At the very end of my last day in Ireland, I went to the Skerries. It is a little seaside town on and around Red Island, a tied island sticking out like a thumb into the coast just north of Dublin.
Skerries is the Viking word for rocks. In Finland, any small rocky island is called a skerry. Actually something similar to skerry means sea rock in just about any language related to Old Norse, Russian or any Gaelic.
These photos are taken from Red Island. There are five other islands; Shenick Island, St Patrick’s, Colt and Rockabill.
Rockabill is the most distant island. The Skerry lighthouse was built there 1855–1860. Rockabill is actually two rock islands, The Rock and The Bill or The Cow and The Calf. It looks like just one island, but they are actually some 65 feet apart, separated by a channel.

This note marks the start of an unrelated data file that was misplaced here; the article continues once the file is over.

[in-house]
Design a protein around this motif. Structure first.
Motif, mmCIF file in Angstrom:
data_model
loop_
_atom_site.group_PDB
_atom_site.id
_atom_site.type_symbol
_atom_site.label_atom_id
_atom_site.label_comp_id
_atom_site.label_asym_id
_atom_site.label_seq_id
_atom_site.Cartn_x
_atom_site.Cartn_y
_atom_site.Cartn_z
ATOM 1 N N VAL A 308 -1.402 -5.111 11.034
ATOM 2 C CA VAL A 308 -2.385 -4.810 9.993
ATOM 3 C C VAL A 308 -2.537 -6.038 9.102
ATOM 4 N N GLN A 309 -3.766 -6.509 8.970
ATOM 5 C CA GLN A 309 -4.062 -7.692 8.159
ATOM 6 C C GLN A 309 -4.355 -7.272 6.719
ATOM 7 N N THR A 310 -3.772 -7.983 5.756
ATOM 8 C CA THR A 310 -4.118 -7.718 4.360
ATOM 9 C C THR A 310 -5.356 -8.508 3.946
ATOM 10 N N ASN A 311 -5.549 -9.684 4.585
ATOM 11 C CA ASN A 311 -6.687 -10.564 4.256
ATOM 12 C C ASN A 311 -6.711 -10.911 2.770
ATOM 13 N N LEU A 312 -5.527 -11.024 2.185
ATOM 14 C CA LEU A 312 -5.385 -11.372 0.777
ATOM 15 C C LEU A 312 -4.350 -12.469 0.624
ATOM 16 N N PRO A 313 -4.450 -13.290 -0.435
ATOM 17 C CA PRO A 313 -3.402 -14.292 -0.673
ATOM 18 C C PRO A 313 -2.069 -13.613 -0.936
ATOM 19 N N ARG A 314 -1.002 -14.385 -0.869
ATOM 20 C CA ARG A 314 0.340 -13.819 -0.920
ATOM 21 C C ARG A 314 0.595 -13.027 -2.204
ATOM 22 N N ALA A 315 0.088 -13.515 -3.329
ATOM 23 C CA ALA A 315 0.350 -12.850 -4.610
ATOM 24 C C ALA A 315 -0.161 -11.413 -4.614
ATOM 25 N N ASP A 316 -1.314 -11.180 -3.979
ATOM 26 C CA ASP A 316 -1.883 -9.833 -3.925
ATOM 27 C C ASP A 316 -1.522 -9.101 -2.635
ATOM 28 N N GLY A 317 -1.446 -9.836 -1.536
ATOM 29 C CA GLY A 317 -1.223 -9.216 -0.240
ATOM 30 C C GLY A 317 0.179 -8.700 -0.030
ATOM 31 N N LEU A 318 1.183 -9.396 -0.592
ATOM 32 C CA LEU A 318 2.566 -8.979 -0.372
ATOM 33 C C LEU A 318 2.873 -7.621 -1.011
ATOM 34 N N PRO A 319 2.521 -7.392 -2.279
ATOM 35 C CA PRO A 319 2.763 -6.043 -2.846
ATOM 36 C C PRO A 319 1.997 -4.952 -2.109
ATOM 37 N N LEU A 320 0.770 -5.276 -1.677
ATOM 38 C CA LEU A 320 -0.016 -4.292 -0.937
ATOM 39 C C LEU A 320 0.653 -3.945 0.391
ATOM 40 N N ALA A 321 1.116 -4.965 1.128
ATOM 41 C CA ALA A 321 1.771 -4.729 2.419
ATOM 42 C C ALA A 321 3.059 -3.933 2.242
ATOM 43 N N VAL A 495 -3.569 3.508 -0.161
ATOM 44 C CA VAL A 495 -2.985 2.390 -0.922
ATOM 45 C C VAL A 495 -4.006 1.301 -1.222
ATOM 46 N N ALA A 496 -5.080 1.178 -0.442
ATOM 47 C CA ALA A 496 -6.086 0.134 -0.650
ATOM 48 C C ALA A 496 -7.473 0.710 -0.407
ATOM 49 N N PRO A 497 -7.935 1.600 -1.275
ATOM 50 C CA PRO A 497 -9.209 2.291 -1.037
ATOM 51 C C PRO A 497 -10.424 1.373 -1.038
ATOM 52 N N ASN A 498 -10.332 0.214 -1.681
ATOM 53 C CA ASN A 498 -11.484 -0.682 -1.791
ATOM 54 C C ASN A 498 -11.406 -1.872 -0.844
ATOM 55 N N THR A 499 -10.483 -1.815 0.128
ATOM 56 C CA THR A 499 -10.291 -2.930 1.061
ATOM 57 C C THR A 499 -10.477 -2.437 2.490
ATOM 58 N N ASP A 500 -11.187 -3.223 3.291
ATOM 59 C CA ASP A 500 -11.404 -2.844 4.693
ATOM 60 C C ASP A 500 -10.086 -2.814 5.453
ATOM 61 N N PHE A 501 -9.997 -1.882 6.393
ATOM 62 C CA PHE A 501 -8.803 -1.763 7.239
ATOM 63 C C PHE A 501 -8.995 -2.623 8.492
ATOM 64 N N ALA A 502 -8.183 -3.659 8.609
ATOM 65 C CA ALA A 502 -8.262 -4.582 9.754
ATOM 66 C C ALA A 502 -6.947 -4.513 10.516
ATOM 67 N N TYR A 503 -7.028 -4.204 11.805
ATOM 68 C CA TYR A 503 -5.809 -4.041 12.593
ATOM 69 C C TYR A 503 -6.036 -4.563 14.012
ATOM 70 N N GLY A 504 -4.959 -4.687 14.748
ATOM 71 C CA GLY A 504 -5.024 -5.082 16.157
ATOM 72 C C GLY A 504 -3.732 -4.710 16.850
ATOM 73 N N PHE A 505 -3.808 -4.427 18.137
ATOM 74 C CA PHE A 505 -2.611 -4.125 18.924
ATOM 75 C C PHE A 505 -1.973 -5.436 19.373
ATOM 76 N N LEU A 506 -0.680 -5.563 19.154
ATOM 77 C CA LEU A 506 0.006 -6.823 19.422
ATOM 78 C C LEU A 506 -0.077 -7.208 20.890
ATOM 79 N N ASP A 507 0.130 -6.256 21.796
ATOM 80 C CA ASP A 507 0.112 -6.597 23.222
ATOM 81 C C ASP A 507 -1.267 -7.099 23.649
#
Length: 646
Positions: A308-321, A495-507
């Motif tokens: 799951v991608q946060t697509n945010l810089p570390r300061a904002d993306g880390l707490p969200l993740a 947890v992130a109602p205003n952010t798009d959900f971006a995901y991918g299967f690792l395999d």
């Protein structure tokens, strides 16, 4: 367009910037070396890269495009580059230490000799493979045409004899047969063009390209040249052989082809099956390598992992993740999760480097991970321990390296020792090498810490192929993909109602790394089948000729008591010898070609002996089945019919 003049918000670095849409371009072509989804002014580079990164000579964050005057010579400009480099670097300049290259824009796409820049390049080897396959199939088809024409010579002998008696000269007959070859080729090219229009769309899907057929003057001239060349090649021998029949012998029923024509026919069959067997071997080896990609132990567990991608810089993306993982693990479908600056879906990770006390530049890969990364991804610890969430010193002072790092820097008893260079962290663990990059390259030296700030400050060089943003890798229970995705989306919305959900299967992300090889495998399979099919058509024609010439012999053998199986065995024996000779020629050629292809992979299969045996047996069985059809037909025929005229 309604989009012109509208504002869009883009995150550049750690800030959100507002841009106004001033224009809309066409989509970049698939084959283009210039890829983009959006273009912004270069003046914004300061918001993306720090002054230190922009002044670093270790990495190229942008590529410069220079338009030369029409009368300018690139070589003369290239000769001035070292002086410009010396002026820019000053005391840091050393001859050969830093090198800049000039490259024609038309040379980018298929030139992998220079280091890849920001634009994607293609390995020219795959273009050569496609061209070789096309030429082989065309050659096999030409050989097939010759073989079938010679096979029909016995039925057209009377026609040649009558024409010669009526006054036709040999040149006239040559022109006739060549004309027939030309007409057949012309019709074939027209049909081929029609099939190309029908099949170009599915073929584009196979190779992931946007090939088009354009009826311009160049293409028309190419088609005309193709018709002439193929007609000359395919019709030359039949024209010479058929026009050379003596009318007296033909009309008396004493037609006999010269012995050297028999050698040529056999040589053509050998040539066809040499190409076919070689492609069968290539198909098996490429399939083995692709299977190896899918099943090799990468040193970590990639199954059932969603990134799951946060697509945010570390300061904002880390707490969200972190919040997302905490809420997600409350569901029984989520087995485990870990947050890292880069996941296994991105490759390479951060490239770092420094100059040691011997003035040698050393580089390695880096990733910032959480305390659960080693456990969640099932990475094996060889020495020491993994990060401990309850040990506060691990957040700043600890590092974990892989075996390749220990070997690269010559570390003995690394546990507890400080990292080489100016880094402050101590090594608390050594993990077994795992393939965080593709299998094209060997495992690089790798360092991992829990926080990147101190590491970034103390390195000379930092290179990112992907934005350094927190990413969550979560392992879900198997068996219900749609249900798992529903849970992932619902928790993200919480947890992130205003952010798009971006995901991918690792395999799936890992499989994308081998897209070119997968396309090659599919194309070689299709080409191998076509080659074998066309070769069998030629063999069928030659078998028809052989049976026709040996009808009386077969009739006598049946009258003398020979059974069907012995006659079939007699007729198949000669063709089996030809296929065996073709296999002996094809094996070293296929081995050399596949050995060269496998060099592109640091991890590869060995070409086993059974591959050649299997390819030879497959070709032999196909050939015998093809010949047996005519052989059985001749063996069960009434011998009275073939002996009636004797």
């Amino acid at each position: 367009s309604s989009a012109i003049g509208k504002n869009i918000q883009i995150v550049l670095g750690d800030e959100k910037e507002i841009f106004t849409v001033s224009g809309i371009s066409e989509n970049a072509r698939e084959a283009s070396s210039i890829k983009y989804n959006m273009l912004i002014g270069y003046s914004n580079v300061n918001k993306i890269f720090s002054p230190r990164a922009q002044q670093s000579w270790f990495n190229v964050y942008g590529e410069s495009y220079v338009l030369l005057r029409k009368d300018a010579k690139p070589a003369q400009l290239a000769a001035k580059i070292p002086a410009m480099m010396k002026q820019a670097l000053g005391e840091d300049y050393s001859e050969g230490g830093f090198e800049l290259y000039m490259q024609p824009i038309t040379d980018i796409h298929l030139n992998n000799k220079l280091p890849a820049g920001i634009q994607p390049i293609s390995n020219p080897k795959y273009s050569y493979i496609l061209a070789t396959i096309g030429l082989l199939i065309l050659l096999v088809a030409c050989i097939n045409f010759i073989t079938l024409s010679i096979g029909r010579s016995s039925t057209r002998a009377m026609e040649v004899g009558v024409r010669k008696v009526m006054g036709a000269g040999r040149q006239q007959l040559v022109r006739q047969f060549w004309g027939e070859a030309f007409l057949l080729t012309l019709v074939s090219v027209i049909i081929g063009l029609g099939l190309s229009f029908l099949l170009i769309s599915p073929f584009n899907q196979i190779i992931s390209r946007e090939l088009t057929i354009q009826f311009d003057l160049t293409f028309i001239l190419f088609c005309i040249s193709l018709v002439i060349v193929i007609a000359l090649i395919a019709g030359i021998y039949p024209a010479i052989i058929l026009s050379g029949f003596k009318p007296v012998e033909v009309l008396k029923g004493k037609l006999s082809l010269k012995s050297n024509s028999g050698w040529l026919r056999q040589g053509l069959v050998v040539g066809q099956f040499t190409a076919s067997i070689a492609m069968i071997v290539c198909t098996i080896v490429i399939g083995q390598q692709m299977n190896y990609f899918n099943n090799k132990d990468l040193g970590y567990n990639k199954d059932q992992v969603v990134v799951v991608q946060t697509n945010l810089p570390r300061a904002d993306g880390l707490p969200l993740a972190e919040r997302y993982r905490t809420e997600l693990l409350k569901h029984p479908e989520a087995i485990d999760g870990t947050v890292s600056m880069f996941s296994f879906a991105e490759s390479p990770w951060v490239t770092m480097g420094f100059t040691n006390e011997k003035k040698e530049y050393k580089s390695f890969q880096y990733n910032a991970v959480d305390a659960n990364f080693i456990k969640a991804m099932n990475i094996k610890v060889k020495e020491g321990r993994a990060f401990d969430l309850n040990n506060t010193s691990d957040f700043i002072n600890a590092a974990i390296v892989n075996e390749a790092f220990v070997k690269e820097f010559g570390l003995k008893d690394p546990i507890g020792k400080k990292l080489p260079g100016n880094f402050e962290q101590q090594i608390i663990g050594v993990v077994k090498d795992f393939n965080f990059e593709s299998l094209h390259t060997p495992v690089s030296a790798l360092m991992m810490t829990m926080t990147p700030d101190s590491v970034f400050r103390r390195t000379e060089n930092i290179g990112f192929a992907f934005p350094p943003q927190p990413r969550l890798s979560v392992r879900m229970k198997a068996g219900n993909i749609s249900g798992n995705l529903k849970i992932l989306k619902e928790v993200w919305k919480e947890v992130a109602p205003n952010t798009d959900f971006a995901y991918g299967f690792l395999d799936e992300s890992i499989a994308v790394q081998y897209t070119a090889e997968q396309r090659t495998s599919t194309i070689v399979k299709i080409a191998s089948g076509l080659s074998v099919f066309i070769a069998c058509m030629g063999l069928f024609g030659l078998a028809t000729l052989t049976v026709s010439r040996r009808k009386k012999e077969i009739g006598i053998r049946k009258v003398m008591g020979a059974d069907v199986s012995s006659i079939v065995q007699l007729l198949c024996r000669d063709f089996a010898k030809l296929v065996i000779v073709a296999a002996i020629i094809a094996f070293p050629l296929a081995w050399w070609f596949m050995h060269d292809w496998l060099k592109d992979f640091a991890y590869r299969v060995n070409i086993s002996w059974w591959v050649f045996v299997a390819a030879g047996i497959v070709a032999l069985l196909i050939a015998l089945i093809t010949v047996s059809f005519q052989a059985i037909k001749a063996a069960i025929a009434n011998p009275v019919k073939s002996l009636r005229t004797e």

Shenick Island has a round Martello tower, one of the towers built as lookout and signal towers during the Napoleonic Wars of 1803 to 1815. There is another Napoleon tower on the other side of Red Island.
The water is so shallow, it might be possible to walk to the other islands at low tide, but it’s not a good idea, since the fast returning tide can be very dangerous.
This is Skerries Harbor. The first pier was built here around 1496. There is a playground and a swimming area.
When it got dark, I went back to my room and flew home in the morning.